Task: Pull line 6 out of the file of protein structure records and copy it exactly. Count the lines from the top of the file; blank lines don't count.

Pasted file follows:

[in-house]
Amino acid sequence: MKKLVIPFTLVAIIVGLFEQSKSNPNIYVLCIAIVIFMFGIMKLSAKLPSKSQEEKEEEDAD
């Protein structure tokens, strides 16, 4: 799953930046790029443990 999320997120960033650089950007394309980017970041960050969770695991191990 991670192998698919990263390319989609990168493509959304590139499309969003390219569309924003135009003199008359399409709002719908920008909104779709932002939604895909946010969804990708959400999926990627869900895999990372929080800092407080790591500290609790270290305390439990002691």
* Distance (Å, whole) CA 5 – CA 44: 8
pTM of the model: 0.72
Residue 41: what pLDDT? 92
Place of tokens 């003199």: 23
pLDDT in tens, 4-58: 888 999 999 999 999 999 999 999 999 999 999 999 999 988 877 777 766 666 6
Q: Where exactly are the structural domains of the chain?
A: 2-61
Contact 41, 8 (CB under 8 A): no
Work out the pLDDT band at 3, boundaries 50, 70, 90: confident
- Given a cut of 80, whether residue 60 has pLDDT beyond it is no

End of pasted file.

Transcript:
Residue 41: what pLDDT? 92